In any event, even if it is accepted that the claimant restarted operations in 2015, it does not follow that the claimant is impecunious and would be unable to satisfy a costs order or judgment made against it. Indeed there in no credible evidence that the claimant is impecunious.
 In the absence of any cogent evidence, I am not satisfied that the defendants would face any or any significant obstacles in enforcing a costs order or a judgment against the claimant in the Dominican Republic.
The merits of the claim where this can be investigated without holding a mini trial
 The statement of claim avers that the claimant, an airline company, entered into a sales agent and service agreement with the 2nd defendant whereby the 2nd defendant would be responsible for marketing the claimant and sale of its airline tickets. In breach of the agreement the 2nd defendant failed and or refused to pay any monthly direct sales to the claimant. By an IOU Commitment and Payment Guarantee executed between the claimant and the defendants on 12 th February 2016 the defendants agreed that they were jointly and severally liable to the claimant and agreed to liquidate the outstanding sum of US$72,304.97 by way of installment payments of US$10,049.57 on or before 15th February 2016 and US$62,255.40 on or before 26th February 2016.
 Between 2nd February 2016 and 2nd March 2016 the 1st defendant made payments totaling US$143,384.17 to the claimant. The claimant’s claim is for the sum of US$69,712.50 as monies had and received by the 2nd defendant for the benefit of the claimant which monies the defendants appropriated,
 The defence admits that the defendants are indebted to the claimant in the sum of US$34,259.40 but contends that:
(1) The sum claimed is based on unreconciled sale reports for the months of November and December 2015 and January, February and March 2016 and having failed to reconcile the sales reports there is no proper basis for the computation of the amount claimed.
(2) The 1st defendant was compelled under duress by representatives of the claimant to sign the IOU while he was in Santo Domingo. Further, at the time of the signing the 1st defendant was not allowed an opportunity to seek independent legal advice. In the circumstance the IOU is void and unenforceable.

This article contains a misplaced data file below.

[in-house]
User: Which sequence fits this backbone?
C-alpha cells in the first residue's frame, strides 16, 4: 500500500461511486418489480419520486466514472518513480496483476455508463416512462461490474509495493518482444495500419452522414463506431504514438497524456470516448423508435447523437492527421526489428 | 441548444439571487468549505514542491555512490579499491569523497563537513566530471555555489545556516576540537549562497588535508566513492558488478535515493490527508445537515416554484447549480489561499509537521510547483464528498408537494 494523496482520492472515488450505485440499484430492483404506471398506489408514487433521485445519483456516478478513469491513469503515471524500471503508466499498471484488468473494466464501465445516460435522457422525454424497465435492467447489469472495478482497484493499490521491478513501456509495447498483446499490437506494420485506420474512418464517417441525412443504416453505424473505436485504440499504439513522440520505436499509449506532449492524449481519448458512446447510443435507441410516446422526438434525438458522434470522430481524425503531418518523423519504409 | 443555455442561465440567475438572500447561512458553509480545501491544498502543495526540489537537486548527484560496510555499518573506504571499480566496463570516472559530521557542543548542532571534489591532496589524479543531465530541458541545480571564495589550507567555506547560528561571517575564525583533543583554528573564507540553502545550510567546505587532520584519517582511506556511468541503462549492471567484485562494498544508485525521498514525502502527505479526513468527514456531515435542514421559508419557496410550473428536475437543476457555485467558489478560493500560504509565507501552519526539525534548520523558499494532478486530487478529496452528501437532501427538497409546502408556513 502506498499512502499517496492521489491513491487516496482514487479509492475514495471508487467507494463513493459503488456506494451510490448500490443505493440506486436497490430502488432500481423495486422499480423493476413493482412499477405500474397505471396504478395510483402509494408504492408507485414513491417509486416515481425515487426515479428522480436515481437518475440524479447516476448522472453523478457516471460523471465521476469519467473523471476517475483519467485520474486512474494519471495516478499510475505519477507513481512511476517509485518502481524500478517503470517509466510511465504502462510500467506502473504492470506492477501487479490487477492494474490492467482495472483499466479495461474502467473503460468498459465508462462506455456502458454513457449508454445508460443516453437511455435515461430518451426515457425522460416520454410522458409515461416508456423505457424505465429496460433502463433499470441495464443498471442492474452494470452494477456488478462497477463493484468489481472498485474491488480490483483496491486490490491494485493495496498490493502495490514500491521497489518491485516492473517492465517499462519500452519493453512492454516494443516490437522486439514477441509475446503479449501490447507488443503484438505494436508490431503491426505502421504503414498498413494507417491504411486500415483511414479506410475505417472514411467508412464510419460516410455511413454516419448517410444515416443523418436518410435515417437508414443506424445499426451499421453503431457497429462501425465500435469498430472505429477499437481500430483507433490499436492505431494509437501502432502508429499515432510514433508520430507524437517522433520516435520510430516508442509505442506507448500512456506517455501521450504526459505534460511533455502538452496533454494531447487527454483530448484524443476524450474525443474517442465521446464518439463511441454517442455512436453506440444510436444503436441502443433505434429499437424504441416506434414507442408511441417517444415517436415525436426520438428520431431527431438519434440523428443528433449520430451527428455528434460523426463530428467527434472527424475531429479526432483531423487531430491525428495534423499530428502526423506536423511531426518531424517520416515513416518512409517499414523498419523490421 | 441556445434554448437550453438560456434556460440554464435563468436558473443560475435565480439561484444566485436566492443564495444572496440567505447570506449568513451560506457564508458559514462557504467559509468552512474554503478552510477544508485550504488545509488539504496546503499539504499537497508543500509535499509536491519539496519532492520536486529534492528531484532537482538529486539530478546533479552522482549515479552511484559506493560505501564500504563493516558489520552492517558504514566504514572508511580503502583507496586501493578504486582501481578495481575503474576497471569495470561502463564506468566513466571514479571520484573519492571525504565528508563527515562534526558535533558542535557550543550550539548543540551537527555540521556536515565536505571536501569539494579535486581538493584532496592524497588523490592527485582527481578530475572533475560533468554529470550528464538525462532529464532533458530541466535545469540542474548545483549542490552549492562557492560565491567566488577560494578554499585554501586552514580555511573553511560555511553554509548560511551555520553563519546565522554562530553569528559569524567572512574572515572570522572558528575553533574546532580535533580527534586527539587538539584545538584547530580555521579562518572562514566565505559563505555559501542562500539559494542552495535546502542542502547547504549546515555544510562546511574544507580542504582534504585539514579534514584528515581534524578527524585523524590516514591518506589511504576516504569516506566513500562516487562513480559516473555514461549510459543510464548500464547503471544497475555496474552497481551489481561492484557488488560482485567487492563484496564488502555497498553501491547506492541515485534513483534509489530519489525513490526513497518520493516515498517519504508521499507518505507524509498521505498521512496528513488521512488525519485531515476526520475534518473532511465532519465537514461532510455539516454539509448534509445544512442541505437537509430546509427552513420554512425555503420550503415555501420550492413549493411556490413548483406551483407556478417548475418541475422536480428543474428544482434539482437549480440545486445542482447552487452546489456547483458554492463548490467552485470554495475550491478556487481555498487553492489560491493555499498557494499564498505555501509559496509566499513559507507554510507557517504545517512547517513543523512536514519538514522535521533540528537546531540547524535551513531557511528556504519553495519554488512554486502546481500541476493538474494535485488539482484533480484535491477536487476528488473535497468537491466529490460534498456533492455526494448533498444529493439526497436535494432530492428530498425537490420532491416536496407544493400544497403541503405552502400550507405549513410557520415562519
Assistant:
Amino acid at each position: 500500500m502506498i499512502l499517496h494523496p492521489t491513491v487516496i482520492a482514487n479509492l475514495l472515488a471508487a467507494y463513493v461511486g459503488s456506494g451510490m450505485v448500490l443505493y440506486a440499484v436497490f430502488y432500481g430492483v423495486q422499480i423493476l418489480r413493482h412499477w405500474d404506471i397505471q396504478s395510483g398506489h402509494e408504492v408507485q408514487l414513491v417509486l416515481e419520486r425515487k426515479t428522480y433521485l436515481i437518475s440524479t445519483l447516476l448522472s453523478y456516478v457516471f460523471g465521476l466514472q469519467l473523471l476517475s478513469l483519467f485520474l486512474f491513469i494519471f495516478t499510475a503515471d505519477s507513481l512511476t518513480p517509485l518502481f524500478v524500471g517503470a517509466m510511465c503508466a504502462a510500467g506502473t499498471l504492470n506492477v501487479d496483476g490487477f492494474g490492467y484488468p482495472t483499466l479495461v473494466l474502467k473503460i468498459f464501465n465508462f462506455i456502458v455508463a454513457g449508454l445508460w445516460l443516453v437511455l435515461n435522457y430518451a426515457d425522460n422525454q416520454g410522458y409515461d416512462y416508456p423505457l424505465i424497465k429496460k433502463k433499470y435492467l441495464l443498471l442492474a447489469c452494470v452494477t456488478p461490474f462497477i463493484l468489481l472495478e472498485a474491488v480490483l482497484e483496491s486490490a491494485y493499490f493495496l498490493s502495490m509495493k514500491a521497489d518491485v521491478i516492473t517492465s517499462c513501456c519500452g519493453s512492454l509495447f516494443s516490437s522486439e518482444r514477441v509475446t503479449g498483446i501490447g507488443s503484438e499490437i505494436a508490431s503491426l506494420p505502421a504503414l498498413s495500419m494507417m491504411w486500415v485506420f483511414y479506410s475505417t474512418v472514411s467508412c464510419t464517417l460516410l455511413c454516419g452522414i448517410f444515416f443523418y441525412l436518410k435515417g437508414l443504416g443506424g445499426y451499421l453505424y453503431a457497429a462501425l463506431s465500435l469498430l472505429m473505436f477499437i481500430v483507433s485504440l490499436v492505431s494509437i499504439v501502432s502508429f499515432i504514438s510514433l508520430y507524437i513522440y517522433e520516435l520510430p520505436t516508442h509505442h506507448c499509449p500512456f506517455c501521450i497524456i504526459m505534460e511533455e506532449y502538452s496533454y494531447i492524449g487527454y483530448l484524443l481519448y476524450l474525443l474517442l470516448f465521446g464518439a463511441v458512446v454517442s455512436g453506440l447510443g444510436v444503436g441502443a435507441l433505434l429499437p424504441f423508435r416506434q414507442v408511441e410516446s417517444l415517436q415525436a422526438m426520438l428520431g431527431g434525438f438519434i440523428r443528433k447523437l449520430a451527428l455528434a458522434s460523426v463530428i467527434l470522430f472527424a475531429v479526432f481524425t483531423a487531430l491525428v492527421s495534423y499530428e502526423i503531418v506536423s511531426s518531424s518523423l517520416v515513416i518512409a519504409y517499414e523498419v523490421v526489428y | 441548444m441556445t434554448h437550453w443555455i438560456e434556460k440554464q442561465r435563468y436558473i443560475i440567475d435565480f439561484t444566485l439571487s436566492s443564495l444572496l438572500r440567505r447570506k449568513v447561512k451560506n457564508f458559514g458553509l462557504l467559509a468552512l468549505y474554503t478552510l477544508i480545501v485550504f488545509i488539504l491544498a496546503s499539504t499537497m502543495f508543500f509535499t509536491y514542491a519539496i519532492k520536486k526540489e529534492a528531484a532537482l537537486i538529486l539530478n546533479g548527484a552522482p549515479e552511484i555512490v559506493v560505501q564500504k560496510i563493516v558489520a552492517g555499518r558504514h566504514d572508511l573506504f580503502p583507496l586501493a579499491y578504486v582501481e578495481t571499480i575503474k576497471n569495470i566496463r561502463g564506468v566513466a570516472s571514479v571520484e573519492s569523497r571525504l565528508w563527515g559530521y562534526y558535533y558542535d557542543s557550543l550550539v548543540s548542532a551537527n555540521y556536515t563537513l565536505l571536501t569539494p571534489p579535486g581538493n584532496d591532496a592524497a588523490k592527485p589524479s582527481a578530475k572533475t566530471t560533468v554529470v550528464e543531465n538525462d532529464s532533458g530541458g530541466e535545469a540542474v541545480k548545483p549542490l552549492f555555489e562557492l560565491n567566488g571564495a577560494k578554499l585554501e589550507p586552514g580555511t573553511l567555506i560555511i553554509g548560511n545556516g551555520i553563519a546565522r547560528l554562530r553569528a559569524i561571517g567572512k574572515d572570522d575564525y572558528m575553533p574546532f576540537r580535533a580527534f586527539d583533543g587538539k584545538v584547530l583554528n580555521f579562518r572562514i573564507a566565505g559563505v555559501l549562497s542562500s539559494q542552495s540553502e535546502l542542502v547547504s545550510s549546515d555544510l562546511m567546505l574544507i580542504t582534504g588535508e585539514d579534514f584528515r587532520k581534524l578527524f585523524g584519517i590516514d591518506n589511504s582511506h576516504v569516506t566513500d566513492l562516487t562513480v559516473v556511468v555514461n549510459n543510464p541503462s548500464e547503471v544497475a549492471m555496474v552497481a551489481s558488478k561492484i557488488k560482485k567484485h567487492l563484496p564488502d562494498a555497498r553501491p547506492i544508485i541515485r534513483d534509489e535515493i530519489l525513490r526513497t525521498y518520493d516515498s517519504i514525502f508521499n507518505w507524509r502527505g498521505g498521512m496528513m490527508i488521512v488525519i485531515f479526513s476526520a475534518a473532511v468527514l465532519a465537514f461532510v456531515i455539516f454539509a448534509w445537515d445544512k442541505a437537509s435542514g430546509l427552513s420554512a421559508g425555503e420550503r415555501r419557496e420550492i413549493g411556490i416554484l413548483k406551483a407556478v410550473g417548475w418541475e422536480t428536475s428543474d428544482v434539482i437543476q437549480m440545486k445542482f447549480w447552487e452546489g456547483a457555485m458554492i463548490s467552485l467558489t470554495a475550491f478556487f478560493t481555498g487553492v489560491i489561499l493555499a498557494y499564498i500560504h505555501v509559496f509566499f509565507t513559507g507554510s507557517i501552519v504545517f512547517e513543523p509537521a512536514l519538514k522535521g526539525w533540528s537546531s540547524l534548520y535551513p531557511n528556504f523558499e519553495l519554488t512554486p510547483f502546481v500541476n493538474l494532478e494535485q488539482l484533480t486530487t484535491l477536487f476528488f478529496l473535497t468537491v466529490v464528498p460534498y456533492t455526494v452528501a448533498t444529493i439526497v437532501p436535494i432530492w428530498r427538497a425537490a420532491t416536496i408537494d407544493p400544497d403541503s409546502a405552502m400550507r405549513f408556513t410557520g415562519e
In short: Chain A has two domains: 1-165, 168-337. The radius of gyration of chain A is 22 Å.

The defendants have counterclaimed for the sum of EC$10,999.97 being commission due.
 In Browne-Wilkinson V-C in Porzelack KG v Porzelack (UK) Ltd said:
“Undoubtedly, if it can be clearly be demonstrated that the claimant is likely to succeed, in the sense that there is a very high probability of success, then that is a matter that can properly be weighed in the balance. Similarly, if it can be shown that there is a very high probability that the defendant will succeed, that is a matter than can be weighed. But for myself I deplore the attempt to go into the merits of the case, unless it can be clearly be demonstrated one way or another that there is a high probability of success or failure.·
 I note that the defendants have admitted owing more than half of the debt claimed. With respect to the remainder of the sum claimed the defendants’ defence is that there are unreconciled sales reports and the 1 st defendant was under duress when he made a written acknowledgment of the debt. It does not appear to me that the merits of the respective claims can be investigated without going into a mini-trial. At this stage of the proceedings I can only say that the parties have advanced a claim and counterclaim which will have to be proved at trial.
The impact of an order on the claimant’s ability to pursue the claim
 The claimant has provided no evidence to show what impact, if any, an order for security for costs would have on its ability to prosecute its claim.
Delay in making the application
 In Surfside Trading Ltd. v Landsome Inc  George-Creque J stated that generally the application for security for costs should be made shortly after the proceedings are commenced.
 CPR 24.2 (2) states that where practicable, an application for security for costs must be made at a case management conference or pre-trial .
 While there have been various procedural applications in this matter, the first case management conference has not taken place. The application has therefore been made before the first case management conference. In all the circumstances I do not find that there was a delay by the defendants in making the application.
Is it Just to Grant the Application?
 CPR 24.3 (g) gives the court a discretion to grant security for costs where it finds that it is just to make such an order. CPR 1.2 states that the court must seek to give effect to the overriding objective of dealing with cases justly when exercising any discretion.
 Having weighed all the evidence, and taking into consideration the overriding objective I am not satisfied that in the circumstances of this case it is just to make an order for security for costs.
 The application for security for costs is therefore dismissed.
 The claimant is awarded assessed costs under CPR 65.11 to be assessed by the court if not agreed within 21 days.
Fidela Corbin Lincoln